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Given a regular expression in C#, is there a way to generate a word that is accepted by this regular expression?

For instance, let's consider:

[ab]c*b*

Is there a function that can automatically generate a enumeration like:

a
b
ac
ab
bc
bb
acb
bcb
acc
bcc
...

Obviously this list being infinite of potentially of as-long-as-you-want words, the generator would have to be smart in order to output things from the simplest to the most complex, without being trapped in infinite loops.

I think this would be a useful tool in order to validate regular expression. In general it's easy to see that a regular expression accepts words that you planned it would accept. It's usually much more difficult to see what other words it would accept.

EDIT: This question is not about how to do it, but rather: is there anything out there that I could use to do it in C#?

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1  
Looking to solve the halting problem? – Oded Mar 2 '12 at 15:09
    
Regexes are not turing complete. edit: Regular expressions in general are not turing complete. If C# lets you write turing-complete ones, then yes, that's a problem and those features will have to be forbidden. – zmccord Mar 2 '12 at 15:16
    
Oh, I see this is also a partial dupe with stackoverflow.com/questions/4208733/… – zmccord Mar 2 '12 at 15:19
    
@Oded: no, this is about professional environment, I am building an application that can be driven by a small language that is parsed with regex. I want to check that I am not accepting too many words, and I would like to use such a generator to create tests. – d--b Mar 2 '12 at 15:49
1  
@Oded: Can you explain why you think this has anything to do with the halting problem? It is an elementary exercise to take a discrete finite automaton and find a path, if one exists, from the start state to the goal state. (This assumes of course that the regular expression is actually regular. If it is one of those so-called "regular" expressions that actually requires a pushdown automaton then that gets a little harder.) – Eric Lippert Mar 2 '12 at 18:32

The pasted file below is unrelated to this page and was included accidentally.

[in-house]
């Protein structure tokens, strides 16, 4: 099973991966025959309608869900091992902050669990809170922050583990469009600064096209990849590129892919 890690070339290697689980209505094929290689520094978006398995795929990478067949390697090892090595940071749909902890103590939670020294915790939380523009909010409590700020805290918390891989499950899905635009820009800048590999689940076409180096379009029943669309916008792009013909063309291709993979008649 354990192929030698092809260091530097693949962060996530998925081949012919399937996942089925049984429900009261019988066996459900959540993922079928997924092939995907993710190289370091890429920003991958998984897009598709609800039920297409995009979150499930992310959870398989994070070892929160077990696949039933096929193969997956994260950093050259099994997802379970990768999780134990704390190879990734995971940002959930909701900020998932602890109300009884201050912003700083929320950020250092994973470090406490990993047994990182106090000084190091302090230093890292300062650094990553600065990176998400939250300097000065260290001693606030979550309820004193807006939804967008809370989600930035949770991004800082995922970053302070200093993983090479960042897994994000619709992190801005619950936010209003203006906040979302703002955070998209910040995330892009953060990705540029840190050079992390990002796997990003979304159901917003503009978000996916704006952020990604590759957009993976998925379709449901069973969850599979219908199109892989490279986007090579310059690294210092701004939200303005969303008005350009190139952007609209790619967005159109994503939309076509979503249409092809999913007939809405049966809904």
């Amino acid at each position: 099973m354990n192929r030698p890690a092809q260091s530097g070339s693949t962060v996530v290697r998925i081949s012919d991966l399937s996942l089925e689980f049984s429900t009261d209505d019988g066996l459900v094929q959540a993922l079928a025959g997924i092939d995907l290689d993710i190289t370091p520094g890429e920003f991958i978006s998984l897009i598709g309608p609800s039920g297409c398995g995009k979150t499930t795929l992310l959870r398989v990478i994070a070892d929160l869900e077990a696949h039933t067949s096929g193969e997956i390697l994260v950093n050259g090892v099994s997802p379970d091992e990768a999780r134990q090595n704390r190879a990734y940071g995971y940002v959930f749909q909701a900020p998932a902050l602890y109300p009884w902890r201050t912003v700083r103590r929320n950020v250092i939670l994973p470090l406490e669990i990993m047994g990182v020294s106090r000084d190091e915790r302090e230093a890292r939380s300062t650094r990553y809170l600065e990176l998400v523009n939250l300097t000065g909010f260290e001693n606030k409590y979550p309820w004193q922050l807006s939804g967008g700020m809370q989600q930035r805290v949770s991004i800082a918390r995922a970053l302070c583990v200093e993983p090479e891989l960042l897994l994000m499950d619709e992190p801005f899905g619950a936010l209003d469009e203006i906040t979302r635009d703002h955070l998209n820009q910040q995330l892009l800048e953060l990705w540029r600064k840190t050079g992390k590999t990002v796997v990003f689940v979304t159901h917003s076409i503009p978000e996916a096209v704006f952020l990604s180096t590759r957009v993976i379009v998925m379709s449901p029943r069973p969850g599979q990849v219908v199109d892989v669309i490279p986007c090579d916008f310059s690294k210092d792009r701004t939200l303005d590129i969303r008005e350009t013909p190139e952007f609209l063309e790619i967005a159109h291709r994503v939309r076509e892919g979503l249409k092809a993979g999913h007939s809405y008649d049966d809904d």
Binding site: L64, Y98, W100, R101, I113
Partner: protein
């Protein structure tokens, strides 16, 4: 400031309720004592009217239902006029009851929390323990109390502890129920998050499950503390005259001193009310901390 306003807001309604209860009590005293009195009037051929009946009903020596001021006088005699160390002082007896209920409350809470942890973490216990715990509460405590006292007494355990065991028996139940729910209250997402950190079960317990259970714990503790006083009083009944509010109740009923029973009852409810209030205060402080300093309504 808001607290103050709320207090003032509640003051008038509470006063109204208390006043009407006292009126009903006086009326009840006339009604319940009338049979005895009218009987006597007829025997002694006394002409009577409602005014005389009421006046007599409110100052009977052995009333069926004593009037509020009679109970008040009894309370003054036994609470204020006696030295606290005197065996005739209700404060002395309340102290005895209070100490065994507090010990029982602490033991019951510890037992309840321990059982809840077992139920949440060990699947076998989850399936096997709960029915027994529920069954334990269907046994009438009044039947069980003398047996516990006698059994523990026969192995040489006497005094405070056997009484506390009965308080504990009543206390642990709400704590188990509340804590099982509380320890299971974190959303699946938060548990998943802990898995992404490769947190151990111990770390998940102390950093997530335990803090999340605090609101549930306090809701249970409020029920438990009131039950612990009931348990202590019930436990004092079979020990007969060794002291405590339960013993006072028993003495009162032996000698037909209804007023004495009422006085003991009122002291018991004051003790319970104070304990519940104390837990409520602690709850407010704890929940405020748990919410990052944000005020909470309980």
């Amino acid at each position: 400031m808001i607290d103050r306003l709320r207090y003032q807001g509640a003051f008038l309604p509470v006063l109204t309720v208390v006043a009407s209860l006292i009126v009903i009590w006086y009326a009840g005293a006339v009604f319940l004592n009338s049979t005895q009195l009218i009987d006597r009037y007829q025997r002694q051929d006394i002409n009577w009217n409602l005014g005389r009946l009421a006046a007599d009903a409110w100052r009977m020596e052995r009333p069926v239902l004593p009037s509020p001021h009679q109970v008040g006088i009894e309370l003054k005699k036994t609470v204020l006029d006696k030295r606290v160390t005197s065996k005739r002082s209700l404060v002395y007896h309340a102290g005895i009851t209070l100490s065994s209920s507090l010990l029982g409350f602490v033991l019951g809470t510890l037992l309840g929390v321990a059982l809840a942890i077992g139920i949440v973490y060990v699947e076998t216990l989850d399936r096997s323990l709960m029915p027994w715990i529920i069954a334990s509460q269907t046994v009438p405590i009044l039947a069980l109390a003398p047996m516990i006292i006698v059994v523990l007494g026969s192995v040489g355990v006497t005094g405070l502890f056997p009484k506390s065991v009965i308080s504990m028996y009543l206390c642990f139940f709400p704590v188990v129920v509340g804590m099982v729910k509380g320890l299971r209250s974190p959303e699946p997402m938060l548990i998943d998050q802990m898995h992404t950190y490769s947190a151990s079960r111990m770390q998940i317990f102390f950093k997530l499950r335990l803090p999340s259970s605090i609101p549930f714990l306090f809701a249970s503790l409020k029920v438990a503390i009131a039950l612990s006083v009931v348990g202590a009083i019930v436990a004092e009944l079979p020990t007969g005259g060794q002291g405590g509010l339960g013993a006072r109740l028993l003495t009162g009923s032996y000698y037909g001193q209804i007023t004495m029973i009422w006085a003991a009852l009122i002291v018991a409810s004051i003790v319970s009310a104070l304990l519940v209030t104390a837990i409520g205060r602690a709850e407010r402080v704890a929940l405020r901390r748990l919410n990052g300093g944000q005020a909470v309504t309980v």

This isn't even a C#-specific question; I think you can do this with any true regex.

It seems to me like you should be able to tell a generation story for any regex match that's just a list of rewrites. In your example [ab]c*b* can generate acccbbb; that's [ab]c*b*->ac*b*->acccb*->acccbbb. For each operator we can imagine enumerating all the ways it rewrites; then it's just a question of enumerating all combinations of rewrites, which boils down to enumerating all the N-tuples of naturals.

edit: N-tuples of naturals is a glib comparison. But you could imagine essentially performing a breadth-first traversal over rewrite states, outputting each string that all operators have been rewritten out of.

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you can transform your regex as a finite state automaton and then explore the graph with some kind of heuristic. But really, I don't have the time to do it myself ;) – d--b Mar 2 '12 at 15:59

I don't know how to do this in C#, but in theory yes, it can be done.

You need to convert your regular expression to a NFA or DFA graph, transverse it with a BFS keeping track of the current path, adding a new character to the path for each edge, and printing the current path when the finish nodes are hit. Depending on the regular expression at hand your memory usage can easily grow exponentially.

For example given the regular expression (a|b)*abb we can create a NFA graph as the following:

NFA for <code>(a|b)*abb</code>

This NFA graph can be used both to recognize a word and to enumerate all possible words. We do that by nondeterministically traversing the graph. Meaning, we need to keep track of all possible paths in the graph.

Starting at zero we do a BFS, and for each node that has two or more output edged we create a new nondeterministic path. The BFS visits the nodes in the following order, each time printing:

0, 1, 7, 2, 4, 8, 3, 5, 9, 6, 6, 10, 1, 1, 7, ...

For each node visited we have the intermediate temporary paths as:

  • 0, ""
  • 1, "e"
  • 7, "e"
  • 2, "ee"
  • 4, "ee"
  • 8, "ea"
  • 3, "eea"
  • 5, "eeb"
  • 9, "eab"
  • 6, "eeae"
  • 6, "eebe"
  • 10, "eabb"
  • 1, "eeaee"
  • 1, "eebee"

The "e" symbol is the epsilon letter representing the empty string "", which should be filtered out while printing each word.

By doing a BFS over the graph we're sorting each word by the number of edges needed to recognize the word with the NFA back again. Since the graph contains a cycle this procedure will never finish.

Each time each nondeterministic path reaches the ending node 10 we print the generated string:

  • "abb"
  • "aabb"
  • "babb"
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